The government is quietly shipping stocks of antidotes against chemical weapons (search) to states under a long-awaited program to boost response to a potential terrorist attack.

New York and Boston, sites of the upcoming political conventions, were among the first areas to receive the "chem-packs" (search).

Centers for Disease Control and Prevention


"It's a quick way for hospitals to know they'll have the antidotes they need," Donna Knutson, CDC's deputy director of terrorism preparedness, said Tuesday in an interview with The Associated Press.

The program was begun in part because there has been "an uneven level of protection across the country," added Steve Adams, deputy director of the Strategic National Stockpile Program (search).

Much of the nation's efforts to prepare for terrorism have focused on biological attacks. For example, the National Pharmaceutical Stockpile contains tons of drugs, vaccines and other medical supplies in storage around the country, so that any U.S. city could receive an emergency shipment within 12 hours.

That's probably plenty of time to react to an incubating infection like anthrax, but the ability to survive a chemical attack depends on immediate decontamination and rapid administration of appropriate antidotes.

Yet the antidotes are expensive and have fairly short shelf lives, making them hard for many states to keep stocked.

Enter the chem-packs, which CDC began shipping four months ago.

The gurney-sized packs come with an assortment of antidotes to the many chemicals available to a terrorist; atropine to fight nerve agents, for instance, or amyl nitrite for cyanide. Some are in autoinjectors for use at the site of an attack, others packaged for emergency-room use.

For security reasons, CDC officials wouldn't say which states had received chem-packs so far, naming only New York and Boston.

New York received its first packs under a pilot program a year ago, said Jared Bernstein of the city's Office of Emergency Management. Now, looking toward next month's Republican convention, the city has received updated supplies.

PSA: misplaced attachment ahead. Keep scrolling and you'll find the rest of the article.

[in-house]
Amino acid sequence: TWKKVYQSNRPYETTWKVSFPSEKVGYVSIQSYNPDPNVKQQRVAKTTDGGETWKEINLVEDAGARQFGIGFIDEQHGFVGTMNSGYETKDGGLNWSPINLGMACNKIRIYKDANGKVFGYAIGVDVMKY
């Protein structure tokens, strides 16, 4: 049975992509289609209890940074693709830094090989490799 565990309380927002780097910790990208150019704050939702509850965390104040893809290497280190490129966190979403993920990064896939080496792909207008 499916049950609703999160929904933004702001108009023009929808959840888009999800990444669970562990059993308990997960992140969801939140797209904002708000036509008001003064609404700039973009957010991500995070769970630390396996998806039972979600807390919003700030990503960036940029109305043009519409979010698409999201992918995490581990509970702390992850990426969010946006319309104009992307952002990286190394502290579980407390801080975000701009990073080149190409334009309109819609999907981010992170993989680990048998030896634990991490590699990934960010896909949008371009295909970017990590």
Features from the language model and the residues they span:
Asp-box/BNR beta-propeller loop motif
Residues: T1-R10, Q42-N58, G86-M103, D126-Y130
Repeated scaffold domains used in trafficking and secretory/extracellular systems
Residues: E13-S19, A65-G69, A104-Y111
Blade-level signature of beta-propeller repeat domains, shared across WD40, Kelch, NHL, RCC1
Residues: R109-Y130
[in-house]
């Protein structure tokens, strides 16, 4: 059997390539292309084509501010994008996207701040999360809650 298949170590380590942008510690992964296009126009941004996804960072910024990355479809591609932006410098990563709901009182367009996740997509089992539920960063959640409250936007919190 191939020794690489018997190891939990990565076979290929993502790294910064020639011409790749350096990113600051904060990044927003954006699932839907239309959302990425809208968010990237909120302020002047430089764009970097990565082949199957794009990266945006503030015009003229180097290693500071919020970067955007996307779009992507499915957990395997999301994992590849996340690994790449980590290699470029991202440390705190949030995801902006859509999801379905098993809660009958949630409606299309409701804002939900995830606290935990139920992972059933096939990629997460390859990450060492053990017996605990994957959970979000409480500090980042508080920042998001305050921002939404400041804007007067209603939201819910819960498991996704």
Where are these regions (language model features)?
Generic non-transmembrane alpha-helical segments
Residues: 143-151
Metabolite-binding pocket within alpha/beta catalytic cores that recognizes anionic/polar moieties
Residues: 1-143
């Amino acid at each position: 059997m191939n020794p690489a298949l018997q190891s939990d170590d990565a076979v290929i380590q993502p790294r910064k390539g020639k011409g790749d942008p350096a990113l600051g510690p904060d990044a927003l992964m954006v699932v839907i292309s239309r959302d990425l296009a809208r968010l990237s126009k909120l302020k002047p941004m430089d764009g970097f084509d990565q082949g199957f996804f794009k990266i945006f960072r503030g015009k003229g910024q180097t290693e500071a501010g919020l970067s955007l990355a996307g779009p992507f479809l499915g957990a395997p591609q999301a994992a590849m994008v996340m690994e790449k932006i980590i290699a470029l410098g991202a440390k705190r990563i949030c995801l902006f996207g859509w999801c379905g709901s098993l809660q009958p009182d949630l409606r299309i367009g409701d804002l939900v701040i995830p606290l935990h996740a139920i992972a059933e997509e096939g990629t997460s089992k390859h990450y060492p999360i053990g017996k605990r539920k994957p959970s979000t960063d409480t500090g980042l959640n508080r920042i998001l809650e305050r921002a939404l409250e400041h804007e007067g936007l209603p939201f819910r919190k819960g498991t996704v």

The initial pilot program stalled when it was shuffled among federal agencies, said former Health and Human Services public health preparedness chief Jerry Hauer. "It's about time" the program was restarted, he said.

The number distributed depends upon each state's population, and state health departments decide which hospitals will store chem-packs. Hospitals will be able to decide when it's time to break one out and use the contents.

"When minutes matter, if they need it to save lives, they have the authority to break the seals and go do the right thing," Adams said.

The CDC spent $56 million last year in creating the chem-packs and has budgeted about $34 million this year as the distribution begins, officials said.

"It's the next logical step," said Dr. Georges Benjamin of the American Public Health Association, which long urged the federal government to increase chemical-attack preparedness.

The chem-packs will ensure "you have a ready cache of supplies if you have a large number of chemical victims," he said. Plus, "the right doses will be there, and hopefully you don't have to worry about people making up medications and overdosing or underdosing patients."

While CDC would not provide details, hospitals expect each chem-pack to be able to treat 1,000 patients, said James Bentley, the American Hospital Association's disaster-readiness chief.

Nor are the packs reserved solely for terrorist attacks. The same antidotes would be useful for a major factory accident or train wreck that spilled hazardous chemicals, Bentley said.

The specially sealed packs come with environmental sensors to ensure the materials are stored properly. That is crucial: Until the seal is broken, the chem-pack contents qualify for a federal program that extends their expiration dates for several years, potentially saving thousands of taxpayer dollars, Adams explained.

"That's why it makes sense for us to be in the business," instead of just funding states to buy their own drugs, he said. "That's the benefit the locals see — it's not a one-time deal."